When five-month-old Terence Armstrong died at his parents’ home in Gosport, Hampshire, on JULY 22nd, 1955, his cause of death seemed obvious. He was believed to have eaten poisonous berries innocently handed to him in the garden by his three-year-old sister. She too had eaten some, and they had made her vomit.

An autopsy was performed, and what appeared to be red skins from the berries were found in Terence’s stomach. The police, however, had the stomach contents analysed, and the red “skins” turned out to be fragments of a gelatine capsule which had contained Seconal.

Terence’s parents denied possessing the drug, but detectives learned that Seconal capsules had been stolen from a drugs cupboard at the naval hospital where Terence’s father was employed.

The child’s mother Janet Armstrong later split from her husband John, and in July 1956 she told the police that her husband had been taking Seconal as a sleeping pill at the time of their son’s death. She said that after detectives questioned them about the drug her husband had told her to get rid of the capsules, and she had done so.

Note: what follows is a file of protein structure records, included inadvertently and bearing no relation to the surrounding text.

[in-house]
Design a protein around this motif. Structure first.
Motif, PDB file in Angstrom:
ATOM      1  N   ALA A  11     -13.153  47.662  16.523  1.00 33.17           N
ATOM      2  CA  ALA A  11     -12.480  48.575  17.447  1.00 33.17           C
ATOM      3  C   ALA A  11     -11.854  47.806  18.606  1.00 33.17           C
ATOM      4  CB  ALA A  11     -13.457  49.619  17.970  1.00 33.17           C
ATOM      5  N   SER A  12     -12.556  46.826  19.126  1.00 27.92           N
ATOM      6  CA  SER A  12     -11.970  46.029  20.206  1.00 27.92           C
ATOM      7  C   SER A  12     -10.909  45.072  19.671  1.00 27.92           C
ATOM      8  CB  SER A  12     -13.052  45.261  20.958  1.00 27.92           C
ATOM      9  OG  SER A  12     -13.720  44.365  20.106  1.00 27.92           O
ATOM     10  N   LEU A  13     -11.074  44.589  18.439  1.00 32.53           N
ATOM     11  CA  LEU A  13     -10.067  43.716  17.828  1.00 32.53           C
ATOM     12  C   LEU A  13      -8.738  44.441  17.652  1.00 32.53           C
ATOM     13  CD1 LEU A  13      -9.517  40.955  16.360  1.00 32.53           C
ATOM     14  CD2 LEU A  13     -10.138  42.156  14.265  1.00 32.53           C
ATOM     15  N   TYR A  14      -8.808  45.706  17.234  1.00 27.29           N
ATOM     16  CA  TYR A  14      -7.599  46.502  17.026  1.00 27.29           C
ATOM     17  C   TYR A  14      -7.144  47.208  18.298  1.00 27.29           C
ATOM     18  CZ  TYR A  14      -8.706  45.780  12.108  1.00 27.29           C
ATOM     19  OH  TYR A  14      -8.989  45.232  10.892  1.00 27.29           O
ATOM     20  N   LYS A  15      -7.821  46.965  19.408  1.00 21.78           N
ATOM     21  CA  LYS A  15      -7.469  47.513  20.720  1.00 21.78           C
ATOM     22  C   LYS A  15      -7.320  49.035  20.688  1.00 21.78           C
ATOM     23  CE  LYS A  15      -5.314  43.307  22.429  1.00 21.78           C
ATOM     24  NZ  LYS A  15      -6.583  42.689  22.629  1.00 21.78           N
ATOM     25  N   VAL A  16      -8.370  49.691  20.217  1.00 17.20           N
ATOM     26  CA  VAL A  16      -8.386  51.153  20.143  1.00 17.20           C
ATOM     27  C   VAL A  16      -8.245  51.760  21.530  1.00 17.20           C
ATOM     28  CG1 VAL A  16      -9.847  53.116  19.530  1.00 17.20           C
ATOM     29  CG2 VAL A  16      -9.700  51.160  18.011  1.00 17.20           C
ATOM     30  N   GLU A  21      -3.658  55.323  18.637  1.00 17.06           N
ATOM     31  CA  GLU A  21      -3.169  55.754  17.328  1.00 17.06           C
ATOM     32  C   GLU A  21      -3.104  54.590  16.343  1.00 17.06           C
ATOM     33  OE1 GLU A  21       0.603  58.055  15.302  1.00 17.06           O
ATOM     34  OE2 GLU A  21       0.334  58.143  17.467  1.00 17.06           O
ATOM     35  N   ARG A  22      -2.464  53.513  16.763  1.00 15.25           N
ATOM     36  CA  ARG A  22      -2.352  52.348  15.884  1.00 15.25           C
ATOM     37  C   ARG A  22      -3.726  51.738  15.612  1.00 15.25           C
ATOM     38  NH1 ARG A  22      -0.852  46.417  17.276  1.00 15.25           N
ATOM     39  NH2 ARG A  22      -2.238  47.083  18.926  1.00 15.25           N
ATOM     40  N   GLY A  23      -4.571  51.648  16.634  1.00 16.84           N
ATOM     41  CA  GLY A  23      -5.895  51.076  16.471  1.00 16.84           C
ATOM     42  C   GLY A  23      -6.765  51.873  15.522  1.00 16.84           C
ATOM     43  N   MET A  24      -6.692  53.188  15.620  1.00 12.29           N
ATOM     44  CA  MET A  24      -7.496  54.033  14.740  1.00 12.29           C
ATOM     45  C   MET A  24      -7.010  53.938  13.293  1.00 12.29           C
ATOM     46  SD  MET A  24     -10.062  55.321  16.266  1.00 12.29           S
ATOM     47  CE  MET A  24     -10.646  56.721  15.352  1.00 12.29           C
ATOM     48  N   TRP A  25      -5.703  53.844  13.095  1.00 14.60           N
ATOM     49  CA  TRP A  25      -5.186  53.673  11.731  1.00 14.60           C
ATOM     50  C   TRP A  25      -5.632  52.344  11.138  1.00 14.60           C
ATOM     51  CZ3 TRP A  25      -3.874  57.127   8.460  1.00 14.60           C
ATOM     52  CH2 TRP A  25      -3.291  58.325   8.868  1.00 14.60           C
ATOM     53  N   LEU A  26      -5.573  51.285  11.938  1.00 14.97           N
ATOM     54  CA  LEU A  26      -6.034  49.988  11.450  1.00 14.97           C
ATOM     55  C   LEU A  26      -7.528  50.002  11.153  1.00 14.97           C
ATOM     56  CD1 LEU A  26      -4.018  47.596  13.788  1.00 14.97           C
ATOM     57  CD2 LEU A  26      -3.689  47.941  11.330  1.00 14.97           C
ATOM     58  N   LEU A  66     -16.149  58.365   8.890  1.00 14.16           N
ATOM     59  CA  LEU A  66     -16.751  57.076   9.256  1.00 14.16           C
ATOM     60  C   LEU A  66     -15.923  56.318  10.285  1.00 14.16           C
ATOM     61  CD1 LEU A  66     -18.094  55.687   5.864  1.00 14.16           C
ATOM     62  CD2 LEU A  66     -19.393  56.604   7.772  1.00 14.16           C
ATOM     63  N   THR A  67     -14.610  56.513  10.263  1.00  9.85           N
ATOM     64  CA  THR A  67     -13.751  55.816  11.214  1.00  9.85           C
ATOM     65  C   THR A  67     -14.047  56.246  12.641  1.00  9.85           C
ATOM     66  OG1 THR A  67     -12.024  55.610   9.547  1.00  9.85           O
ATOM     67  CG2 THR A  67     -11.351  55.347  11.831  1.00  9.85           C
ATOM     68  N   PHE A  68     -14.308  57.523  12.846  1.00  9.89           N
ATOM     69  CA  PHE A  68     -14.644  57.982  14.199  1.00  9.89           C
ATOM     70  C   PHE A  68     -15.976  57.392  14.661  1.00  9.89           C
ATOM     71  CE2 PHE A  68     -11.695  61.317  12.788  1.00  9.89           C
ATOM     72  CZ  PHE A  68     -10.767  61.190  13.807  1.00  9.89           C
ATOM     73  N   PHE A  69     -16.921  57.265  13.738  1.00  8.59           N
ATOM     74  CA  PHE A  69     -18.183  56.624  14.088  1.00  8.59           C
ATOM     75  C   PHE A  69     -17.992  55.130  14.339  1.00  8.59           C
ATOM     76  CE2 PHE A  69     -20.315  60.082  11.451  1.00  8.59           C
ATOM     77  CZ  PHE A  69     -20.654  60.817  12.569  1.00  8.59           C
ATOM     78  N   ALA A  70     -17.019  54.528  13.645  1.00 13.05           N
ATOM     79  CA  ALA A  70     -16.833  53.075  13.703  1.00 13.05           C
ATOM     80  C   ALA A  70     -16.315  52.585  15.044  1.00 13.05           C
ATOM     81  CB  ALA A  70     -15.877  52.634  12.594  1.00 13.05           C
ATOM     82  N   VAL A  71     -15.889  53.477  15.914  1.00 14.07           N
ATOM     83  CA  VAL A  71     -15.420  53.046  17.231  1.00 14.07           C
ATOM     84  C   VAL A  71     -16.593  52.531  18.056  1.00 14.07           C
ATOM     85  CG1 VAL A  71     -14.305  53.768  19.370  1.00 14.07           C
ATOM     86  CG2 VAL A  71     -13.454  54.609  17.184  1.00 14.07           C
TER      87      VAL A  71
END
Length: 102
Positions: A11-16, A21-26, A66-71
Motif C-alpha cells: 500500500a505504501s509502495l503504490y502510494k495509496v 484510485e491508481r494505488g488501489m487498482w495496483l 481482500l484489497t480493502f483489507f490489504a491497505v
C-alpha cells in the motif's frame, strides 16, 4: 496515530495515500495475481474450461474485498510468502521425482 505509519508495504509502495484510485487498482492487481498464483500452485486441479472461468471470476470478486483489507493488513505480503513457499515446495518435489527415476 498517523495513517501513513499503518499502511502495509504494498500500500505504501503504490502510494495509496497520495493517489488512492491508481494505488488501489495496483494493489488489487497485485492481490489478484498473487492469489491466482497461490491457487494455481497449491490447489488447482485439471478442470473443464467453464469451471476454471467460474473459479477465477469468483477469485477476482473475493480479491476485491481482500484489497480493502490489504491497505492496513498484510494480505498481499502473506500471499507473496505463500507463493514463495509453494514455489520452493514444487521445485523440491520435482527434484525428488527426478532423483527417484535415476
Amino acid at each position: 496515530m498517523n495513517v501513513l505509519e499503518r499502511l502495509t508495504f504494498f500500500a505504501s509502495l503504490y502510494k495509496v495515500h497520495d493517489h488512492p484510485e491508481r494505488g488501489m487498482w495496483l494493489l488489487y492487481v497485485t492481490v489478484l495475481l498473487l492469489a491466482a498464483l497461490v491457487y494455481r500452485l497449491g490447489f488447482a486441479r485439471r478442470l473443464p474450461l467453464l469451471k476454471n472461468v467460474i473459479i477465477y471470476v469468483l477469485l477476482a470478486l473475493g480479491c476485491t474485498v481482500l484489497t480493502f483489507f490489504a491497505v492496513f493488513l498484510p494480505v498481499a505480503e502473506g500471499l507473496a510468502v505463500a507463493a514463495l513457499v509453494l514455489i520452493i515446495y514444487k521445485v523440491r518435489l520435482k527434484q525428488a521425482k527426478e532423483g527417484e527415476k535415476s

Both were charged with the child’s murder, and both pleaded not guilty at Winchester Assizes. John Armstrong claimed he knew nothing of how Terence was poisoned, but Janet said her husband had the opportunity to be alone with the child on his return home for lunch on the day of the poisoning.

John Armstrong was convicted and sentenced to death, but reprieved. His wife was acquitted, but that wasn’t the end of the story. Four weeks after the trial she confessed that she had given Terence a Seconal capsule, thinking it would help him sleep.